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Dorothy Buckhanan Wilson Installed as International President of Alpha Kappa Alpha Sorority, Incorporated

Dorothy Buckhanan Wilson Installed as International President of Alpha Kappa Alpha Sorority, Incorporated

Charlotte, NC (BlackPR.com)

Dorothy Buckhanan Wilson of Milwaukee, Wisconsin, a business executive, was installed as the 2014-2018 International President of Alpha Kappa Alpha Sorority, Incorporated (AKA)

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Nielsen Expands Communications Leadership Team with Key Media Relations Hire

Nielsen Expands Communications Leadership Team with Key Media Relations Hire

New York (BlackPR.com)

New York (BlackPR.com) -- Nielsen today announced that Andrew McCaskill has joined Nielsen as Senior Vice President, Corporate Communications. He will report to Chief Communications Officer Laura Nelson.

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Voter Suppression: It’s Mobilization Time

Voter Suppression: It’s Mobilization Time

Written by Peter Grear

With this article we will start detailing the ingredients of a revisable action plan that needs comments and revisions as we move toward the Tuesday, November 4, 2014 General Election.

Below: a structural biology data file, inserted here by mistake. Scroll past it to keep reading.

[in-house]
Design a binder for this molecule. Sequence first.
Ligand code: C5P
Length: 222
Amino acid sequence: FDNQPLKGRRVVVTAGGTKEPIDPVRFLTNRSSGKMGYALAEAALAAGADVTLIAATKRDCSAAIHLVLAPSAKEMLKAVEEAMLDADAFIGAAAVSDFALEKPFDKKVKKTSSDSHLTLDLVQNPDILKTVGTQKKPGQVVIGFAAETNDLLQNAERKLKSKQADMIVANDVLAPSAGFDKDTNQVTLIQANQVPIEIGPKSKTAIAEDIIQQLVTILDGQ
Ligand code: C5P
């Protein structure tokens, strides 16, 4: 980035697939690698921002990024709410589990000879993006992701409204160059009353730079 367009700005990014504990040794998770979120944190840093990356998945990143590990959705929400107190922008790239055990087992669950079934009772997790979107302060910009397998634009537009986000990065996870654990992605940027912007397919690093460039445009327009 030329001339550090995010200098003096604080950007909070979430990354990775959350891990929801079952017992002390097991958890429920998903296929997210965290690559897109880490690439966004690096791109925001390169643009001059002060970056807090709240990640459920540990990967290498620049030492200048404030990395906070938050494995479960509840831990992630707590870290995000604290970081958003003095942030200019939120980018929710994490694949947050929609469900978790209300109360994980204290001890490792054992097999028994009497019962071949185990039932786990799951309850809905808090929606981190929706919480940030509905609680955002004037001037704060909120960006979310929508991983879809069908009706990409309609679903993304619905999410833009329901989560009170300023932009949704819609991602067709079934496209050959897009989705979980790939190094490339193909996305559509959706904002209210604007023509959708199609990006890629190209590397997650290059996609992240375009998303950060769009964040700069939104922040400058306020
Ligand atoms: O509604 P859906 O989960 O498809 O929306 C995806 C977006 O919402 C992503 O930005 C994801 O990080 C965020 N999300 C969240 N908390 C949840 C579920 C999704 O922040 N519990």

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Las Vegas Comedian James Bean's Candid Account Of His Struggle With Suicide

Las Vegas Comedian James Bean's Candid Account Of His Struggle With Suicide

WHEN THE HUMOR IS GONE

James Bean has shown insight and understanding of the darkest moments of many people’s lives as well as ideas on how one could begin to create a life worth living even out of the depths of despair.” -– Rhonda Duncombe, LMFT, LADC

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Voter Suppression: NC Black Republican Advisory Board

Voter Suppression: NC Black Republican Advisory Board

Written by Peter Grear

Educate, Organize and Mobilize: I confess that I’m amazed. The Republican National Committee and the Republican Party of North Carolina announced last week that they have launched theNorth Carolina Black Advisory Board (BRAB) 

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Tips for Managing Stress in Your Life

Tips for Managing Stress in Your Life

Written by State Point

Stress is not only unpleasant; it can be overwhelming, ultimately preventing you from solving the problems that caused the stress in the first place. But getting focused can help you feel happier and be more successful professionally, financially and in your relationships, say experts.

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Voter Suppression: Defeating it requires two massive efforts

Voter Suppression: Defeating it requires two massive efforts